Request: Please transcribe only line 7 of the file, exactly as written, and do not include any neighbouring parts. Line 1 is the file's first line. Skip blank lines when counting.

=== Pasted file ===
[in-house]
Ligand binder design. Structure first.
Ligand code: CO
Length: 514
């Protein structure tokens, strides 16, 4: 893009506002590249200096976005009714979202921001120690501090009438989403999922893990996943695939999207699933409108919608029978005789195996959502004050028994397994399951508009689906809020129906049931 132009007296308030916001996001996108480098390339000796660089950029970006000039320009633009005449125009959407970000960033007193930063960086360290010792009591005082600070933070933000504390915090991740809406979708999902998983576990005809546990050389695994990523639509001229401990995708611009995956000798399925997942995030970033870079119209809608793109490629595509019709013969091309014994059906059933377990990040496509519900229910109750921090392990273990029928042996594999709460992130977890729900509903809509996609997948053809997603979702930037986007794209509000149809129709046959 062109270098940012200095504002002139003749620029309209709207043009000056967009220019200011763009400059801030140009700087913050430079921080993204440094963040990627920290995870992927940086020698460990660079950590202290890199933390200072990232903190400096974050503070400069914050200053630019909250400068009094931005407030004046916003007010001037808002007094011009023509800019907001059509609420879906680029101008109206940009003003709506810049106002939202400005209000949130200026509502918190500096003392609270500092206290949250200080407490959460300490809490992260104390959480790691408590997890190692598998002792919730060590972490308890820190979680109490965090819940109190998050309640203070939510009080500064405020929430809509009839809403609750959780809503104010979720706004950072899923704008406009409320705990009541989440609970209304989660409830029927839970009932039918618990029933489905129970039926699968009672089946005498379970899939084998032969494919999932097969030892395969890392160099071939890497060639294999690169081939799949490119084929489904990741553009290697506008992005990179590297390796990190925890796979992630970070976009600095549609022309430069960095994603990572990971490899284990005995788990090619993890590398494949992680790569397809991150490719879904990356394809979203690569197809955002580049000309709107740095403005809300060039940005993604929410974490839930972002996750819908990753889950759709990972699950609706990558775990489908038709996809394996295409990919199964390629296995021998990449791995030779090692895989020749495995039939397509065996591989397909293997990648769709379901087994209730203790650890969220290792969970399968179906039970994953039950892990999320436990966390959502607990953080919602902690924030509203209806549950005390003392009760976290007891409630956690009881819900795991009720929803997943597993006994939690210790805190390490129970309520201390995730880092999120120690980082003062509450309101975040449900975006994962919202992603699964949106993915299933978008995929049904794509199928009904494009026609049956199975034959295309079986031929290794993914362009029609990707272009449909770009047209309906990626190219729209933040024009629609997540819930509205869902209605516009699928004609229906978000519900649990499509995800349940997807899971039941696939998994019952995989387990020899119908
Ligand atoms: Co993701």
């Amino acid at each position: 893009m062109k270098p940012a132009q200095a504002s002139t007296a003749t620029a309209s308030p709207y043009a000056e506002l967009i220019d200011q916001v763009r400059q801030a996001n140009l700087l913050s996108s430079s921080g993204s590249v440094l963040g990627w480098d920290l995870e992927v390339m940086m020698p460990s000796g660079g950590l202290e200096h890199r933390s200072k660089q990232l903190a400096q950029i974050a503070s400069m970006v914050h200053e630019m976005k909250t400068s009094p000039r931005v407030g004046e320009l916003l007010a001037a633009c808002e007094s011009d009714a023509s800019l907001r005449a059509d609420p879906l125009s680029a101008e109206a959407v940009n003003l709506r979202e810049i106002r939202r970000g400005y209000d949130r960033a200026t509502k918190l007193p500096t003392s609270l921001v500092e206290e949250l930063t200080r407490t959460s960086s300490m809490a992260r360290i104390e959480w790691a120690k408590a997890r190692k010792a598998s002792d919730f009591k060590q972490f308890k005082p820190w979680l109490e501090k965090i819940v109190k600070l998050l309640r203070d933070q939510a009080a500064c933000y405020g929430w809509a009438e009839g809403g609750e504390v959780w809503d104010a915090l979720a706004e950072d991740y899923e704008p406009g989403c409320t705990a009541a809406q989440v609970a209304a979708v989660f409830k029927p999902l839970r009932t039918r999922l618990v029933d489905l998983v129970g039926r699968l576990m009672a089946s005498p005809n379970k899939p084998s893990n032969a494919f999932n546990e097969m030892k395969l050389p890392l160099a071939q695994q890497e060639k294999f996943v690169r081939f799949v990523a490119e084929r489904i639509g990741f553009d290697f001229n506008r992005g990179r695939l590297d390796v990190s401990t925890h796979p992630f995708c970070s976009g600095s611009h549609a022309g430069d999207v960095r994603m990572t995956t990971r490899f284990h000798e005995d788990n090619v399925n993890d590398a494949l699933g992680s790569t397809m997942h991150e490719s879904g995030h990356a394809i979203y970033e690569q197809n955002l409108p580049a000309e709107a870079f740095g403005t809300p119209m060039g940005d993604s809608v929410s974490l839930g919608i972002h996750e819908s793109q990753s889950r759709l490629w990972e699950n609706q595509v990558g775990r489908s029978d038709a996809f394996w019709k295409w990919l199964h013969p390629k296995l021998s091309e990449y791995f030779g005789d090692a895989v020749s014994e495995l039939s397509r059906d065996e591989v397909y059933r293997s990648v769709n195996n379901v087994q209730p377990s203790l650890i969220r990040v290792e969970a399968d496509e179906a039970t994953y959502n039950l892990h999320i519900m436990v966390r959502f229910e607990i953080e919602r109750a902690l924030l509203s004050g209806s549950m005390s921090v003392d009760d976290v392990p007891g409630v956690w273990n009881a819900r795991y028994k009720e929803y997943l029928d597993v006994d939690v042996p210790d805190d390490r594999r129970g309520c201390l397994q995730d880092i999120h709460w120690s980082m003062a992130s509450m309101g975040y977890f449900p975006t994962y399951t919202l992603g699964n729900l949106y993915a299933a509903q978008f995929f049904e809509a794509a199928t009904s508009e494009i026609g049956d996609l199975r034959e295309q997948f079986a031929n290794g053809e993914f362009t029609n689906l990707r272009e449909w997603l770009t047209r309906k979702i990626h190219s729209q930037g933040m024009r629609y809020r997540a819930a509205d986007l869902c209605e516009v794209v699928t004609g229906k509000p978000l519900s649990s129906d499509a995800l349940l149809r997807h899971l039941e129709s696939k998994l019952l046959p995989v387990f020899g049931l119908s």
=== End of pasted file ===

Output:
């Amino acid at each position: 893009m062109k270098p940012a132009q200095a504002s002139t007296a003749t620029a309209s308030p709207y043009a000056e506002l967009i220019d200011q916001v763009r400059q801030a996001n140009l700087l913050s996108s430079s921080g993204s590249v440094l963040g990627w480098d920290l995870e992927v390339m940086m020698p460990s000796g660079g950590l202290e200096h890199r933390s200072k660089q990232l903190a400096q950029i974050a503070s400069m970006v914050h200053e630019m976005k909250t400068s009094p000039r931005v407030g004046e320009l916003l007010a001037a633009c808002e007094s011009d009714a023509s800019l907001r005449a059509d609420p879906l125009s680029a101008e109206a959407v940009n003003l709506r979202e810049i106002r939202r970000g400005y209000d949130r960033a200026t509502k918190l007193p500096t003392s609270l921001v500092e206290e949250l930063t200080r407490t959460s960086s300490m809490a992260r360290i104390e959480w790691a120690k408590a997890r190692k010792a598998s002792d919730f009591k060590q972490f308890k005082p820190w979680l109490e501090k965090i819940v109190k600070l998050l309640r203070d933070q939510a009080a500064c933000y405020g929430w809509a009438e009839g809403g609750e504390v959780w809503d104010a915090l979720a706004e950072d991740y899923e704008p406009g989403c409320t705990a009541a809406q989440v609970a209304a979708v989660f409830k029927p999902l839970r009932t039918r999922l618990v029933d489905l998983v129970g039926r699968l576990m009672a089946s005498p005809n379970k899939p084998s893990n032969a494919f999932n546990e097969m030892k395969l050389p890392l160099a071939q695994q890497e060639k294999f996943v690169r081939f799949v990523a490119e084929r489904i639509g990741f553009d290697f001229n506008r992005g990179r695939l590297d390796v990190s401990t925890h796979p992630f995708c970070s976009g600095s611009h549609a022309g430069d999207v960095r994603m990572t995956t990971r490899f284990h000798e005995d788990n090619v399925n993890d590398a494949l699933g992680s790569t397809m997942h991150e490719s879904g995030h990356a394809i979203y970033e690569q197809n955002l409108p580049a000309e709107a870079f740095g403005t809300p119209m060039g940005d993604s809608v929410s974490l839930g919608i972002h996750e819908s793109q990753s889950r759709l490629w990972e699950n609706q595509v990558g775990r489908s029978d038709a996809f394996w019709k295409w990919l199964h013969p390629k296995l021998s091309e990449y791995f030779g005789d090692a895989v020749s014994e495995l039939s397509r059906d065996e591989v397909y059933r293997s990648v769709n195996n379901v087994q209730p377990s203790l650890i969220r990040v290792e969970a399968d496509e179906a039970t994953y959502n039950l892990h999320i519900m436990v966390r959502f229910e607990i953080e919602r109750a902690l924030l509203s004050g209806s549950m005390s921090v003392d009760d976290v392990p007891g409630v956690w273990n009881a819900r795991y028994k009720e929803y997943l029928d597993v006994d939690v042996p210790d805190d390490r594999r129970g309520c201390l397994q995730d880092i999120h709460w120690s980082m003062a992130s509450m309101g975040y977890f449900p975006t994962y399951t919202l992603g699964n729900l949106y993915a299933a509903q978008f995929f049904e809509a794509a199928t009904s508009e494009i026609g049956d996609l199975r034959e295309q997948f079986a031929n290794g053809e993914f362009t029609n689906l990707r272009e449909w997603l770009t047209r309906k979702i990626h190219s729209q930037g933040m024009r629609y809020r997540a819930a509205d986007l869902c209605e516009v794209v699928t004609g229906k509000p978000l519900s649990s129906d499509a995800l349940l149809r997807h899971l039941e129709s696939k998994l019952l046959p995989v387990f020899g049931l119908s």